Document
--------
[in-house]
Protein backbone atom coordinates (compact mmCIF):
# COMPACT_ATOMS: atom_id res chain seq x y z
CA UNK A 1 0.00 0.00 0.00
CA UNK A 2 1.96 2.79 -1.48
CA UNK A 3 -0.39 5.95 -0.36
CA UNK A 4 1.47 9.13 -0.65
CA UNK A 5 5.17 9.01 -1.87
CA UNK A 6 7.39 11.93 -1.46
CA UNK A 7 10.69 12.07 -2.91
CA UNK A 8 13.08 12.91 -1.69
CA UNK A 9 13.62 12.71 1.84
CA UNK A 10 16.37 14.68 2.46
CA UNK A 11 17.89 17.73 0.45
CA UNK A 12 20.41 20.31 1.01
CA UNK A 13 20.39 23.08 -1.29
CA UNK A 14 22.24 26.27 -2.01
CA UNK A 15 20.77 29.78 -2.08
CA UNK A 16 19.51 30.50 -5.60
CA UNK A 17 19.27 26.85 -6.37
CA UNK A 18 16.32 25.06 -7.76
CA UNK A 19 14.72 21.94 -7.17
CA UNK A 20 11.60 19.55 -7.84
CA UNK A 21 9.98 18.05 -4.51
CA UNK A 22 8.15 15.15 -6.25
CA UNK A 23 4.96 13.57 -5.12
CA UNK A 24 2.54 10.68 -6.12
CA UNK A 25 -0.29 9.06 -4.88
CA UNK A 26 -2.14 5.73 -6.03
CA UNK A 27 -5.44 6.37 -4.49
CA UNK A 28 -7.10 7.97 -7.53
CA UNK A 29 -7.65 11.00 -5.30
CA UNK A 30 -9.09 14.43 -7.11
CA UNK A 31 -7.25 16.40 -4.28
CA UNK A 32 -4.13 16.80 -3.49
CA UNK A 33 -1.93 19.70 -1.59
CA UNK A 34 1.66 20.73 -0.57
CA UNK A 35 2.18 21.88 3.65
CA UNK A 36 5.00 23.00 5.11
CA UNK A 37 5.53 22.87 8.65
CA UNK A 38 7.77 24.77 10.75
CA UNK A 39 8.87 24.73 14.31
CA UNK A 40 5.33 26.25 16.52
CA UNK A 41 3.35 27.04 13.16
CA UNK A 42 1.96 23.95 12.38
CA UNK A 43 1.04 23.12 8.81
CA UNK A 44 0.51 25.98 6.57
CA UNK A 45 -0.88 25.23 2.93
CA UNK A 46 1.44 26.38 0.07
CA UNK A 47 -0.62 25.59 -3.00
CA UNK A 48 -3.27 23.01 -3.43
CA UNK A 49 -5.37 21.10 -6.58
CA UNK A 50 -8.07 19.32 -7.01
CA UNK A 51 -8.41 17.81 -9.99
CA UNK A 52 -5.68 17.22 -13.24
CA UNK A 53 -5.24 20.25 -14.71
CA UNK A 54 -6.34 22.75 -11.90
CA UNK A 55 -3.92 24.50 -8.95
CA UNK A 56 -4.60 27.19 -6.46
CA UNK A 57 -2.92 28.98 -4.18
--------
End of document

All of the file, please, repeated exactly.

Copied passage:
[in-house]
Protein backbone atom coordinates (compact mmCIF):
# COMPACT_ATOMS: atom_id res chain seq x y z
CA UNK A 1 0.00 0.00 0.00
CA UNK A 2 1.96 2.79 -1.48
CA UNK A 3 -0.39 5.95 -0.36
CA UNK A 4 1.47 9.13 -0.65
CA UNK A 5 5.17 9.01 -1.87
CA UNK A 6 7.39 11.93 -1.46
CA UNK A 7 10.69 12.07 -2.91
CA UNK A 8 13.08 12.91 -1.69
CA UNK A 9 13.62 12.71 1.84
CA UNK A 10 16.37 14.68 2.46
CA UNK A 11 17.89 17.73 0.45
CA UNK A 12 20.41 20.31 1.01
CA UNK A 13 20.39 23.08 -1.29
CA UNK A 14 22.24 26.27 -2.01
CA UNK A 15 20.77 29.78 -2.08
CA UNK A 16 19.51 30.50 -5.60
CA UNK A 17 19.27 26.85 -6.37
CA UNK A 18 16.32 25.06 -7.76
CA UNK A 19 14.72 21.94 -7.17
CA UNK A 20 11.60 19.55 -7.84
CA UNK A 21 9.98 18.05 -4.51
CA UNK A 22 8.15 15.15 -6.25
CA UNK A 23 4.96 13.57 -5.12
CA UNK A 24 2.54 10.68 -6.12
CA UNK A 25 -0.29 9.06 -4.88
CA UNK A 26 -2.14 5.73 -6.03
CA UNK A 27 -5.44 6.37 -4.49
CA UNK A 28 -7.10 7.97 -7.53
CA UNK A 29 -7.65 11.00 -5.30
CA UNK A 30 -9.09 14.43 -7.11
CA UNK A 31 -7.25 16.40 -4.28
CA UNK A 32 -4.13 16.80 -3.49
CA UNK A 33 -1.93 19.70 -1.59
CA UNK A 34 1.66 20.73 -0.57
CA UNK A 35 2.18 21.88 3.65
CA UNK A 36 5.00 23.00 5.11
CA UNK A 37 5.53 22.87 8.65
CA UNK A 38 7.77 24.77 10.75
CA UNK A 39 8.87 24.73 14.31
CA UNK A 40 5.33 26.25 16.52
CA UNK A 41 3.35 27.04 13.16
CA UNK A 42 1.96 23.95 12.38
CA UNK A 43 1.04 23.12 8.81
CA UNK A 44 0.51 25.98 6.57
CA UNK A 45 -0.88 25.23 2.93
CA UNK A 46 1.44 26.38 0.07
CA UNK A 47 -0.62 25.59 -3.00
CA UNK A 48 -3.27 23.01 -3.43
CA UNK A 49 -5.37 21.10 -6.58
CA UNK A 50 -8.07 19.32 -7.01
CA UNK A 51 -8.41 17.81 -9.99
CA UNK A 52 -5.68 17.22 -13.24
CA UNK A 53 -5.24 20.25 -14.71
CA UNK A 54 -6.34 22.75 -11.90
CA UNK A 55 -3.92 24.50 -8.95
CA UNK A 56 -4.60 27.19 -6.46
CA UNK A 57 -2.92 28.98 -4.18